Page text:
Arizona Receives Mediocre Grade for Enforcement of Job-Creation Measures in Subsidy Programs

Media Contacts
Jason Donofrio

Arizona PIRG Education Fund

A new report published today by Good Jobs First, a non-profit, non-partisan research center, examined how well states enforced their own requirements for job creation in their major economic development subsidy programs. Arizona received a ‘C’ grade in the report and ranked 12th among the states.

The study, Money-Back Guarantees for Taxpayers: Clawbacks and Other Enforcement Safeguards in State Economic Development Subsidy Programs, found that despite the fact that many economic development deals fall short on job creation or other benefits, Arizona and other states are highly inconsistent in how they monitor, verify and enforce the terms of job subsidies.

“Arizona’s policies for ensuring subsidies create jobs are all over the map. The one consistent factor for Arizona’s subsidy programs is the lack of online reporting for how well these policies are enforced,” said Serena Unrein, Public Interest Advocate for the Arizona PIRG Education Fund, which released the report in Arizona. “Disclosure of enforcement data is a prime indicator of whether a state is serious about dealing with companies that fail to live up to the job-creation promises they make when taking taxpayer-funded subsidies.”

The report is a companion to Money for Something, a Good Jobs First study issued last month on the performance standards built into subsidy programs. Money-Back Guarantees rates states on how well they enforce those standards. Both reports are online at Many states fail to even verify that companies receiving subsidies are meeting their job-creation and other commitments, and many more have weak penalty policies for addressing non-compliance.

“With so many deals falling short on job creation, taxpayers need to know if their states are watching the store,” said Good Jobs First executive director Greg LeRoy. “This is the largest study ever performed of states’ use of clawbacks, rescissions, and other safeguards to protect taxpayers from subsidy abuse.”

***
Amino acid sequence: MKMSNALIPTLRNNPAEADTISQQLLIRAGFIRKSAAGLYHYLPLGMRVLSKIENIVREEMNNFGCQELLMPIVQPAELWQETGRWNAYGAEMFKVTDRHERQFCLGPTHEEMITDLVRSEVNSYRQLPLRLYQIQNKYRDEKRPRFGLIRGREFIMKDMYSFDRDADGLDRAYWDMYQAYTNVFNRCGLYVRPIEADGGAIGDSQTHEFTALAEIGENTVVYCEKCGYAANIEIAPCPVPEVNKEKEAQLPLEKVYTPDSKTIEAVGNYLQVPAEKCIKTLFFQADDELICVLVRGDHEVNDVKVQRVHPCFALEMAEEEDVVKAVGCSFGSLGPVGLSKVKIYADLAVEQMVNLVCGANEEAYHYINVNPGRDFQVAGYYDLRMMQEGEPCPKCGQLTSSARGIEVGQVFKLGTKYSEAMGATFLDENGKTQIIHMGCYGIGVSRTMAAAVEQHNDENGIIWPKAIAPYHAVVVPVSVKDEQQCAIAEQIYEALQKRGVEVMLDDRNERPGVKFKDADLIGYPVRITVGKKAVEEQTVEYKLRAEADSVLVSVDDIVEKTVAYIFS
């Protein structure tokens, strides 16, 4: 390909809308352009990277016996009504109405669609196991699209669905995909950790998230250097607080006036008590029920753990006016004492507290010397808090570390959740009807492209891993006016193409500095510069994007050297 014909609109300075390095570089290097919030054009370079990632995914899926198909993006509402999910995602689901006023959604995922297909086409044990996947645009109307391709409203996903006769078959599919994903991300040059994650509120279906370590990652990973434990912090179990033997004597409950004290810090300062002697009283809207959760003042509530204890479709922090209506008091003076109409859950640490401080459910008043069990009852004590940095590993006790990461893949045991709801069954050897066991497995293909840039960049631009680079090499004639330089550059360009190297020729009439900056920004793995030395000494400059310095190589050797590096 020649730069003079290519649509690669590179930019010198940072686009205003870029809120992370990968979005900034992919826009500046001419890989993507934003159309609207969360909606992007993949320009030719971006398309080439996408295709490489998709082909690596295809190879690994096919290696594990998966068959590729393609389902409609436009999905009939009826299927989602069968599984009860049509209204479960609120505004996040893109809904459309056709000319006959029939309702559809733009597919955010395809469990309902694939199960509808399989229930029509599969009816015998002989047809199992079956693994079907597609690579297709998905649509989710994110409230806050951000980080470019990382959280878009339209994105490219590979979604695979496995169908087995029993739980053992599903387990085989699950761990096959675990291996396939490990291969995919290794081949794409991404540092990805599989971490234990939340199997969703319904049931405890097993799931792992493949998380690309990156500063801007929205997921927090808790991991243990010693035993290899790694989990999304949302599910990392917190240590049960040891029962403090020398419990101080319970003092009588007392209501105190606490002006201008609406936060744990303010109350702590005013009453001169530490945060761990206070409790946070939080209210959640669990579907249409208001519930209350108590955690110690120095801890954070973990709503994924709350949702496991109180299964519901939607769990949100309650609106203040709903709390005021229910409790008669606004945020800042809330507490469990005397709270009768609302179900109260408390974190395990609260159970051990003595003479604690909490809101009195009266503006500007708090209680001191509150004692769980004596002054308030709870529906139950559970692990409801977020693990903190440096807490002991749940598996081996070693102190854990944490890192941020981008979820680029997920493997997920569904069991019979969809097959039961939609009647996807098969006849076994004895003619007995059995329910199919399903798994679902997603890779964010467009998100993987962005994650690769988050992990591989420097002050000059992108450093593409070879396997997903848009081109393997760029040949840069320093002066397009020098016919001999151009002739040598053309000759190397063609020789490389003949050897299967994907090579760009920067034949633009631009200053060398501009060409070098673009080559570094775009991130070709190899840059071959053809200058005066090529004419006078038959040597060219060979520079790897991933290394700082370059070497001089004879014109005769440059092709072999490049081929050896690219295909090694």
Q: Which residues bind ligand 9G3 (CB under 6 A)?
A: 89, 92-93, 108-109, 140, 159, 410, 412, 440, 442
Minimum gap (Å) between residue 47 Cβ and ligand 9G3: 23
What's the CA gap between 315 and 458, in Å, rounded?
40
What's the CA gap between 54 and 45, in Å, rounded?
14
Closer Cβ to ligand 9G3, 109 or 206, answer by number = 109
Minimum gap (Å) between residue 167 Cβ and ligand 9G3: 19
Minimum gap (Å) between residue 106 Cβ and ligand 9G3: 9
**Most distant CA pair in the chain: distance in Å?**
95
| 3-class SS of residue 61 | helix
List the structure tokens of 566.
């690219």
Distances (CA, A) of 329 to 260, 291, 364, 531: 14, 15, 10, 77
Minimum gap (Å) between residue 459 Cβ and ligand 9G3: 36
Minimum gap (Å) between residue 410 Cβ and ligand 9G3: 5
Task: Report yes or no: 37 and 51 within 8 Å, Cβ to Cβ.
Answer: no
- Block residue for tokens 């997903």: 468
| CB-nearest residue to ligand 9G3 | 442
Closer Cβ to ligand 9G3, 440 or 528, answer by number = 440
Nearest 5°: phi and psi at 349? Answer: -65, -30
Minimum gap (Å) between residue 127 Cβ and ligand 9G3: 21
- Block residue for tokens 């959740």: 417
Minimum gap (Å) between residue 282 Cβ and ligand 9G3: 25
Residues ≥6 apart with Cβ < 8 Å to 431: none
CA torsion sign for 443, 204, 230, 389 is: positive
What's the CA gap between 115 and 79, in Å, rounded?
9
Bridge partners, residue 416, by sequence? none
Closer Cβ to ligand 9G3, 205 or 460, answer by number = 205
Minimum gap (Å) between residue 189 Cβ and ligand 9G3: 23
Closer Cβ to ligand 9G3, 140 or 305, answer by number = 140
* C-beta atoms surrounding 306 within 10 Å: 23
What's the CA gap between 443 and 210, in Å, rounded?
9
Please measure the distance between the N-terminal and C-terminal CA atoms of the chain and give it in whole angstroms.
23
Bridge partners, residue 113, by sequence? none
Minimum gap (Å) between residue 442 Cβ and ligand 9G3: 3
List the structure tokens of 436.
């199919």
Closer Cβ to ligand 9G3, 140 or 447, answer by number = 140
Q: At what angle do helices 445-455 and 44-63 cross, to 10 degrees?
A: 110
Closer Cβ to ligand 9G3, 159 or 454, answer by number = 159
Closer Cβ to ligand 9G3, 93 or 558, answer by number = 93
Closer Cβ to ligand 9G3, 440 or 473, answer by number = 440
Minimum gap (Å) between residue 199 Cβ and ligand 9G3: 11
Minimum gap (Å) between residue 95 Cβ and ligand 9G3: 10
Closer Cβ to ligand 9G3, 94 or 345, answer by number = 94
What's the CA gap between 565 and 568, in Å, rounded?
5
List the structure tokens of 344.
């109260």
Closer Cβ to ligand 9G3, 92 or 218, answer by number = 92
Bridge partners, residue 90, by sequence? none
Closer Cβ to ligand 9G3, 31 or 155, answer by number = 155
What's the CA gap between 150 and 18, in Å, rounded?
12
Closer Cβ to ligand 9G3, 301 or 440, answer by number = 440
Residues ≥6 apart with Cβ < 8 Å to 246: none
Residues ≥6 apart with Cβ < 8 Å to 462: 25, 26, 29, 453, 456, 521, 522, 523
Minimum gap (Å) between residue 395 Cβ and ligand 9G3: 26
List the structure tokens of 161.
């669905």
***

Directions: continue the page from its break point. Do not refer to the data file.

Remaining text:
Arizona does better than many states in the report, but still only received a ‘C’ grade in the report because of a lack of consistency across its entire portfolio of subsidy programs. Three of Arizona’s major subsidy programs were scored in the report, and on a scale of 0 to 100, its major subsidy programs receive an average score of 59. The Quality Jobs Program did well with a score of 80, while the Research & Development Income Tax Credit received only 38.

“It is ironic that some of Arizona’s biggest tax credit programs are for job creation and training, but the state only does a mediocre job of monitoring and enforcing our standards for creating jobs through our subsidy programs,” remarked Unrein with the Arizona PIRG Education Fund. “As the entity now responsible for disbursing many subsidy programs, the Arizona Commerce Authority needs to create and enforce strong standards for the subsidies.”

“Strong standards and strong enforcement are inseparable in making sure subsidy programs are not mere corporate giveaways,” added Philip Mattera, research director of Good Jobs First and principal author of the report.

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